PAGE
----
A variety of assessment materials and procedures are frequently used in speech and language as well as psychoeducational evaluations. These include static and dynamic assessments and language samples.
Dynamic vs. Static Assessment
One important distinction in assessment is between static and dynamic assessment. In static assessment, the evaluator administers an assessment and the individual’s performance on that assessment is determined by comparison to norms or set criteria. A static assessment assesses the skills and knowledge the individual has gained from his or her prior experiences. It does not assess the individual’s ability to acquire skills and knowledge since that would have happened before the assessment was completed. Current commercially available assessment materials are static assessments. They generally are either norm-referenced or criterion-referenced tests.
Norm-referenced tests compare the test-taker’s performance to the performance of individuals in the normative sample. A criterion referenced test, however, compares the test-taker’s ability to a number of criteria assumed to have been acquired by the test taker at that age (e.g., linguistic forms, vocabulary, spelling skills,etc.). Norm-referenced tests are usually not valid for culturally and linguistically diverse children because the norming sample is not representative of the individual’s background. Comparatively, criterion-referenced tests are very susceptible to the bias of the test developers since the test developers are the ones determining what skills and knowledge should be present by what age. Commercially available tests are generally not suited for use in diagnosing language impairment as IDEA (2004) requires assessment materials to be valid, reliable and free of bias.
Dynamic assessment, in contrast to static assessment, looks at an individual’s ability to acquire skills or knowledge during the evaluation. Clinical judgment is required to accurately administer a dynamic assessment because the evaluator is responsible for comparing the individual’s performance on the assessment tasks with the performance of typically developing children from the same speech community. In dynamic assessment, a skill is tested, then taught and then retested. With this procedure, you are giving the individual the chance to learn the skill or knowledge being tested. There are no currently available commercially published dynamic language assessments. However, research has demonstrated the usefulness of several dynamic assessment procedures, including fast mapping and non-word repetition tests, with less of the bias and validity issues that are common to static assessment (Dollaghan & Campbell, 1998).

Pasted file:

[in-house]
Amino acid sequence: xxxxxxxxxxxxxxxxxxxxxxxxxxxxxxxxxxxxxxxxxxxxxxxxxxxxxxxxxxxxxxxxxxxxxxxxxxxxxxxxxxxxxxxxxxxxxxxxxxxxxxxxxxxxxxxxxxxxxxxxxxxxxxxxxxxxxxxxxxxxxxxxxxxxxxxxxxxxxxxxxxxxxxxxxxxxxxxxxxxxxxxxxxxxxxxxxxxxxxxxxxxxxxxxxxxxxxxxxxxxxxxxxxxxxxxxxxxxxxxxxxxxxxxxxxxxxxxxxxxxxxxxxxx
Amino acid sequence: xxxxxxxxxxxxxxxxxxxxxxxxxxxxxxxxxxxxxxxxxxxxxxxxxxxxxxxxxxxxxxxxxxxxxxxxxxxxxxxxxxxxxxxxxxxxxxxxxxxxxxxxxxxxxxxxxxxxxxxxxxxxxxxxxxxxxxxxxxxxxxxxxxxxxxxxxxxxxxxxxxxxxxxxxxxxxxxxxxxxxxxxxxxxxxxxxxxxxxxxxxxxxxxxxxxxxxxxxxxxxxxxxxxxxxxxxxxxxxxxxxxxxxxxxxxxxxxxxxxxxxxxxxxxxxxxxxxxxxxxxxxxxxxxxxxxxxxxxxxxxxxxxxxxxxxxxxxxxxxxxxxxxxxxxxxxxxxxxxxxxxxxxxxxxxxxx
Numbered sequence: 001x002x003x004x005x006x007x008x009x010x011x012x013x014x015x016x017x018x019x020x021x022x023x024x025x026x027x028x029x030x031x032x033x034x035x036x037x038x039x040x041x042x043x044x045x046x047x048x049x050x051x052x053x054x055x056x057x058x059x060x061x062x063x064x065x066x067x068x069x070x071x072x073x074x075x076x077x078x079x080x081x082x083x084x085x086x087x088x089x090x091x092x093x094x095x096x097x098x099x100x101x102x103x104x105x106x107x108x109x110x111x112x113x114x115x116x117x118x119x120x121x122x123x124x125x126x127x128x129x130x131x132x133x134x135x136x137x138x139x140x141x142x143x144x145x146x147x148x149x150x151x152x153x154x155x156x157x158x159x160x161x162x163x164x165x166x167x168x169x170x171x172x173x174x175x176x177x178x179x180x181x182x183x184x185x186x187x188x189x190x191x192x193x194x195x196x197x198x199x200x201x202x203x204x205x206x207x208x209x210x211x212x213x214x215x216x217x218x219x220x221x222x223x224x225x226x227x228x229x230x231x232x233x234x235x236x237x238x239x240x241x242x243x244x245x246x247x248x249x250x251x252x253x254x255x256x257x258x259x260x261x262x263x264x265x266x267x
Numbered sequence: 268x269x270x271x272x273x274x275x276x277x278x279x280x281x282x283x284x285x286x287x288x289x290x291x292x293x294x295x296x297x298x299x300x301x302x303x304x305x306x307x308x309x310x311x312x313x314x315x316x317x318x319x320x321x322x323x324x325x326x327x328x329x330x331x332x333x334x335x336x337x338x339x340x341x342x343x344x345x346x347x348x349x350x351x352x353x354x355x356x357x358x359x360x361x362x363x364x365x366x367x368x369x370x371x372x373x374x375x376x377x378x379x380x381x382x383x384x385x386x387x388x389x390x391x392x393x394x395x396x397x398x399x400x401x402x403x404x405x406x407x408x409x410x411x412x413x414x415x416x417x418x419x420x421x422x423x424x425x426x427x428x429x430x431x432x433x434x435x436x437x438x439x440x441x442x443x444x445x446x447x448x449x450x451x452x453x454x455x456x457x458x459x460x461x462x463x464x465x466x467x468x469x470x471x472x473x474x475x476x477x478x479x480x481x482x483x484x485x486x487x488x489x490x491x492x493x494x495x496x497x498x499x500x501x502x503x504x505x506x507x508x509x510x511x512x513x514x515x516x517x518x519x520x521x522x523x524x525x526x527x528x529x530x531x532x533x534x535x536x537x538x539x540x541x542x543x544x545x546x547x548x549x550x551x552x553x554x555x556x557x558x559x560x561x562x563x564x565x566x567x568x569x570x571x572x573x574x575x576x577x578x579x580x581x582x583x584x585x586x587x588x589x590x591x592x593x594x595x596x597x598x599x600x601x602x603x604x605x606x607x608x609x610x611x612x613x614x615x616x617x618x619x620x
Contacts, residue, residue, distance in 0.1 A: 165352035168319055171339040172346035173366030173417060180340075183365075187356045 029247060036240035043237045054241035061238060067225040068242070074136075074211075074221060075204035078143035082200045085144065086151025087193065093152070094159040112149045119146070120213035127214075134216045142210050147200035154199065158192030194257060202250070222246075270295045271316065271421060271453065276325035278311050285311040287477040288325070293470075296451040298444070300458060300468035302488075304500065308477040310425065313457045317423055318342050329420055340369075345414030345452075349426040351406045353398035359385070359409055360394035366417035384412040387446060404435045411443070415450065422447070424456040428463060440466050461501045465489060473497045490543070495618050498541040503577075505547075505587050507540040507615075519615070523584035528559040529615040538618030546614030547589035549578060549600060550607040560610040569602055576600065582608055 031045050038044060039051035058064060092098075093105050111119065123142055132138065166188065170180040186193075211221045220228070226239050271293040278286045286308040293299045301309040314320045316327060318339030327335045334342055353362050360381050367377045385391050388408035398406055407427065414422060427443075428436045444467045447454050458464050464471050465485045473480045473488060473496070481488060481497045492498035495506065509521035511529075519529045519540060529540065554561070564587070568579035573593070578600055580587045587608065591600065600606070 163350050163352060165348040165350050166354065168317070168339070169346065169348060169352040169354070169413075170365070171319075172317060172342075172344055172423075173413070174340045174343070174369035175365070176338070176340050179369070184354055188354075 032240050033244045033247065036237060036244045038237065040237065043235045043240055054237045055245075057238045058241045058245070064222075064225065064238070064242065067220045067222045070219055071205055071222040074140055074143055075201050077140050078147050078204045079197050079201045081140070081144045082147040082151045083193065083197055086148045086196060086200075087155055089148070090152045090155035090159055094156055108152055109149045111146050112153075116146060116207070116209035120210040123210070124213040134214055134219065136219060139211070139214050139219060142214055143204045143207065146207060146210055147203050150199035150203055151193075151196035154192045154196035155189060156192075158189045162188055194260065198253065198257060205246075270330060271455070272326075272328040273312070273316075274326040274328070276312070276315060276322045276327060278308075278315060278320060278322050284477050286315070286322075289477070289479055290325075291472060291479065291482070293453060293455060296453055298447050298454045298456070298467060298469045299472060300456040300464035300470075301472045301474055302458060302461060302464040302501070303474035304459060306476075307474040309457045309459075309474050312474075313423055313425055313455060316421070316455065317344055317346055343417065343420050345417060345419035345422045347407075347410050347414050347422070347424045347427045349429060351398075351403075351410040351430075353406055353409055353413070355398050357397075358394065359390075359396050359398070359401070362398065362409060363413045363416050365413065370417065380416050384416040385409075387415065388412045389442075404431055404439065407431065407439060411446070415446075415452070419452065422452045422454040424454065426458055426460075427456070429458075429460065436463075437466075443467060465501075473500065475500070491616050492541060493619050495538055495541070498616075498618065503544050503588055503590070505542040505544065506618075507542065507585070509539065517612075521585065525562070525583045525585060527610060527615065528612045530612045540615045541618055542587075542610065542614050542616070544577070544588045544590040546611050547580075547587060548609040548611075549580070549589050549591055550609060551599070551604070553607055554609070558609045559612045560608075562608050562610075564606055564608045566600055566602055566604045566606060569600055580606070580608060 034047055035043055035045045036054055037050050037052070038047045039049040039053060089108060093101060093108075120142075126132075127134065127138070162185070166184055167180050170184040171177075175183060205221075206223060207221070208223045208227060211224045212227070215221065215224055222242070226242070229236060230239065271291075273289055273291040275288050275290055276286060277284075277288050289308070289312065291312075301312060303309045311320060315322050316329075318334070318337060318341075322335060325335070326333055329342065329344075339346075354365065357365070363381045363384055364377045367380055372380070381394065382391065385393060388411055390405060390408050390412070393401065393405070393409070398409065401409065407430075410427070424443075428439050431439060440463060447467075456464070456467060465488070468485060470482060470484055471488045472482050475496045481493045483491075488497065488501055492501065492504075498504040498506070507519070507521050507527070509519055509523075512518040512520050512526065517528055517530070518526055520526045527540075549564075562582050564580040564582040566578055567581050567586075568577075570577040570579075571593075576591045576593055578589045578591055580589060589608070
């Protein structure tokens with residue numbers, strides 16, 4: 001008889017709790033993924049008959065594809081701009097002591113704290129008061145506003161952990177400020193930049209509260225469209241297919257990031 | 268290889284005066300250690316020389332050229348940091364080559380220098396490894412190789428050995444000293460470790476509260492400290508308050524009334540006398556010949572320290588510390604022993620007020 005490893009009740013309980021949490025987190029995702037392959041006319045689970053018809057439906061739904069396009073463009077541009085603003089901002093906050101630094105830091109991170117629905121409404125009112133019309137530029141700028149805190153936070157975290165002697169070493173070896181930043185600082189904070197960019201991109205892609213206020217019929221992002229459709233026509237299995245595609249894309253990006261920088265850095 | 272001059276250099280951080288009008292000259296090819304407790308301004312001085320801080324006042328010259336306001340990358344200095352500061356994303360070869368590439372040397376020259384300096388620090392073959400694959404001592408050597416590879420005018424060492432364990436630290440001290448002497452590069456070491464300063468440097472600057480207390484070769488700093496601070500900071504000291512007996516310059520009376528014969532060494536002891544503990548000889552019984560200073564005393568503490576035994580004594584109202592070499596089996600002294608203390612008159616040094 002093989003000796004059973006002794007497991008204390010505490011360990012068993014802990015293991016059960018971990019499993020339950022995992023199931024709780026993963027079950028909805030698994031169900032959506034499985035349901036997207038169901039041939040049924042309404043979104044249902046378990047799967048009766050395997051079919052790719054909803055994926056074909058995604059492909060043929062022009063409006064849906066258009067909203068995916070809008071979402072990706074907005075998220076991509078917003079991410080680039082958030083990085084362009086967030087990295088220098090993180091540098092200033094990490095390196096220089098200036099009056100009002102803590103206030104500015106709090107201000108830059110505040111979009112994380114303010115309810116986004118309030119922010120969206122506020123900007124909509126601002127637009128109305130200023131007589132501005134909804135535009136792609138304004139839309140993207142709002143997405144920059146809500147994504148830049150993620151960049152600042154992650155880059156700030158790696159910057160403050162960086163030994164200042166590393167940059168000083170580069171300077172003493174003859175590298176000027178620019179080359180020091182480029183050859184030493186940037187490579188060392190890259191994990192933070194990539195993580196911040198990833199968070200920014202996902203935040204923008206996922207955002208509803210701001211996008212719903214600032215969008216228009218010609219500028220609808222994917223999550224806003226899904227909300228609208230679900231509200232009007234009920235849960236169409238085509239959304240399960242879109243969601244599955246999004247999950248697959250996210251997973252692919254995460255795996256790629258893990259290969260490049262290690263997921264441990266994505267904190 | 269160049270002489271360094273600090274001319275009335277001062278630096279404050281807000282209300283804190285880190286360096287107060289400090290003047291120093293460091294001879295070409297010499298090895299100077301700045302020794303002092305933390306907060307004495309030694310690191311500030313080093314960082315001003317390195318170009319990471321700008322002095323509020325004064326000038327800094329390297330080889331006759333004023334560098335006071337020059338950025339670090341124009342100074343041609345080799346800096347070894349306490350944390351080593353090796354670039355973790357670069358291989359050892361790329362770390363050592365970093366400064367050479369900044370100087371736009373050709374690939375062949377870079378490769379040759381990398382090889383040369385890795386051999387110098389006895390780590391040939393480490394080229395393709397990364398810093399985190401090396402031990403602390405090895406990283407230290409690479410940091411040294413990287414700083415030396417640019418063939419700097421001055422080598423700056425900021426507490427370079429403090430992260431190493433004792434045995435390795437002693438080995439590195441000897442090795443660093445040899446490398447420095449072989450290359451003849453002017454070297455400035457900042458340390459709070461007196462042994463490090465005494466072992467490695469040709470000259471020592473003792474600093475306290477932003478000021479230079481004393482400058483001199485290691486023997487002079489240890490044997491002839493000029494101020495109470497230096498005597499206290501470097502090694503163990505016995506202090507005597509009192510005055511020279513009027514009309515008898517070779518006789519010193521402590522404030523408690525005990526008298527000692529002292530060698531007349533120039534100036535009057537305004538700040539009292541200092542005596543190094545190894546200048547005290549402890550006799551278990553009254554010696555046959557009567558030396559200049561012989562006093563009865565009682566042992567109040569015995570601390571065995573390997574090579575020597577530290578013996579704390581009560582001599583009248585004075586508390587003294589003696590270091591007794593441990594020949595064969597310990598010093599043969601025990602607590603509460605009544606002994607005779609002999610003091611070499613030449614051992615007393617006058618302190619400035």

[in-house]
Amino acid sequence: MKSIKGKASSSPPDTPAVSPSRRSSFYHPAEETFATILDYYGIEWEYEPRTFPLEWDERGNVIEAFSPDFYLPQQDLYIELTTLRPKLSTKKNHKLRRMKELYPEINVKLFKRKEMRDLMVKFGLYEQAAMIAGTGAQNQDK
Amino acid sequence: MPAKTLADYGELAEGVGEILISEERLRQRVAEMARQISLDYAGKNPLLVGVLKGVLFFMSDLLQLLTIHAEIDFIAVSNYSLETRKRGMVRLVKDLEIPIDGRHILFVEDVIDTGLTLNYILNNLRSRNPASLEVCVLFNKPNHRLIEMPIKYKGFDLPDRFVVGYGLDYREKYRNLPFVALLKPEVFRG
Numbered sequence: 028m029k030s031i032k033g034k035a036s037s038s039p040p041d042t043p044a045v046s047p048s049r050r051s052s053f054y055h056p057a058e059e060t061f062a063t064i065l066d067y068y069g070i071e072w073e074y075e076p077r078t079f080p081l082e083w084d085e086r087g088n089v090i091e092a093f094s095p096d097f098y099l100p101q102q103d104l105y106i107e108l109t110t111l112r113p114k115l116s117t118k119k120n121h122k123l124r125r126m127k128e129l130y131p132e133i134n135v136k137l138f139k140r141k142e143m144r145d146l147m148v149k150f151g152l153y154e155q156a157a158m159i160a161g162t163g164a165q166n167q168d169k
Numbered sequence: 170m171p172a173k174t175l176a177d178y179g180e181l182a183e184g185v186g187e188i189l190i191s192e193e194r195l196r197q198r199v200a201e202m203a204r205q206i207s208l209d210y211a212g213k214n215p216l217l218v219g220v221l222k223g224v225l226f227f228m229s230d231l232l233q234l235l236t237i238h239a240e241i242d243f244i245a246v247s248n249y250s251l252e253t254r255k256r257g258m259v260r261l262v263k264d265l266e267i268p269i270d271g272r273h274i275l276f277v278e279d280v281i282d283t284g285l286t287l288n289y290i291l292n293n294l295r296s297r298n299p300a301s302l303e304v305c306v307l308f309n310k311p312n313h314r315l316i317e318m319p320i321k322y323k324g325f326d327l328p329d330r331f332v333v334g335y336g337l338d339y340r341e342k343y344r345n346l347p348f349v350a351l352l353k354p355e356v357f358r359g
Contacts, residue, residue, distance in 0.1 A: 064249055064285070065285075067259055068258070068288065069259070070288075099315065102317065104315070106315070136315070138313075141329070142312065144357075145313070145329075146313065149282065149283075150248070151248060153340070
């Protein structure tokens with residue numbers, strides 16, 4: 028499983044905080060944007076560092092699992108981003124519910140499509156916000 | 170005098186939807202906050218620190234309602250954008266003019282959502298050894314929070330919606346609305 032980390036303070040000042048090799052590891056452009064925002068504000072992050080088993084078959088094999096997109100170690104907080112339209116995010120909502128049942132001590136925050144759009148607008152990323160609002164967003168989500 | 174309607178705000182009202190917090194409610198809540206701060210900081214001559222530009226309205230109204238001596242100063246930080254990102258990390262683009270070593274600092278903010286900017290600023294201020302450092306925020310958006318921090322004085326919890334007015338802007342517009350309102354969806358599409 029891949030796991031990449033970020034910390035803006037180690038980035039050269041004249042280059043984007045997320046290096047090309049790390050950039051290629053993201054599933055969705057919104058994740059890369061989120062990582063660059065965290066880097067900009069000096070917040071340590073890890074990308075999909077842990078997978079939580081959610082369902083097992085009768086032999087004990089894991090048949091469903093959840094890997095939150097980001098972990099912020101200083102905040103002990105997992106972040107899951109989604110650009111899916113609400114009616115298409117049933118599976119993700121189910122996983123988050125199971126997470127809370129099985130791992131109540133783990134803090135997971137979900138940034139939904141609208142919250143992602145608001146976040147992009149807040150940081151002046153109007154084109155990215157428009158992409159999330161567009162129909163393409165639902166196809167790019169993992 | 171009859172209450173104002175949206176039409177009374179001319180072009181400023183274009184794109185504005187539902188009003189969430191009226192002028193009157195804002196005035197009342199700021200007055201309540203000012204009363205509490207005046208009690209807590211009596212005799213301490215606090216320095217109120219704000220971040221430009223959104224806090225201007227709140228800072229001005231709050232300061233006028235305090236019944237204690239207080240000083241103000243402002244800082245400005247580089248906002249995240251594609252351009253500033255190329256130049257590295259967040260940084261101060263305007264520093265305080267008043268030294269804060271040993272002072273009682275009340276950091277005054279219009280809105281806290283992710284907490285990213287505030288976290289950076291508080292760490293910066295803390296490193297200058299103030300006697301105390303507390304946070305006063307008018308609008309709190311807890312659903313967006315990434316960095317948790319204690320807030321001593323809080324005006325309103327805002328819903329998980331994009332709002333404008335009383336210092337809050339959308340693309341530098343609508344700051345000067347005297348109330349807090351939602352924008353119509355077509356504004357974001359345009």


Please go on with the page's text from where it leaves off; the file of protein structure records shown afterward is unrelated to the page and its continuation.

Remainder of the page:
Language samples are one of the less biased assessment tools available to clinicians.Language samples can be elicited in different ways. Many clinicians use pictures that imply a story or absurdities. These can be useful in eliciting a speech sample especially when used with many children in a similar speech community because this allows the clinician to improve his or her clinical judgment. As he or she uses the same pictures with many children, the evaluator becomes very good at knowing what the performance of a typically developing versus a disabled child will look like. The evaluator can also use toys, such as dolls, puppets or costumes, that encourage complex language use. Language samples should then be analyzed according to expectations for the child’s cultural and linguistic background. Language samples are especially useful when creating holograms, as they provide a way to illustrate the child’s strengths and weaknesses while providing concrete data. If a language sample cannot be collected because the child does not voluntarily interact with the examiner or due to other circumstances, the examples collected from the parent during interviewing will be especially useful. The parent interview is important because it provides the information essential to determining whether the child truly has a disability or concerns are being caused by other factors (e.g., typical second language acquisition, subtractive bilingualism, etc).
Dollaghan, C., & Campbell, T. F. (1998). Nonword repetition and child language impairment. Journal of Speech, Language, and Hearing Research, 41, 1136-1146.
Individuals with Disabilities Education Improvement Act of 2004, H.R.1350,108th Congress (2004)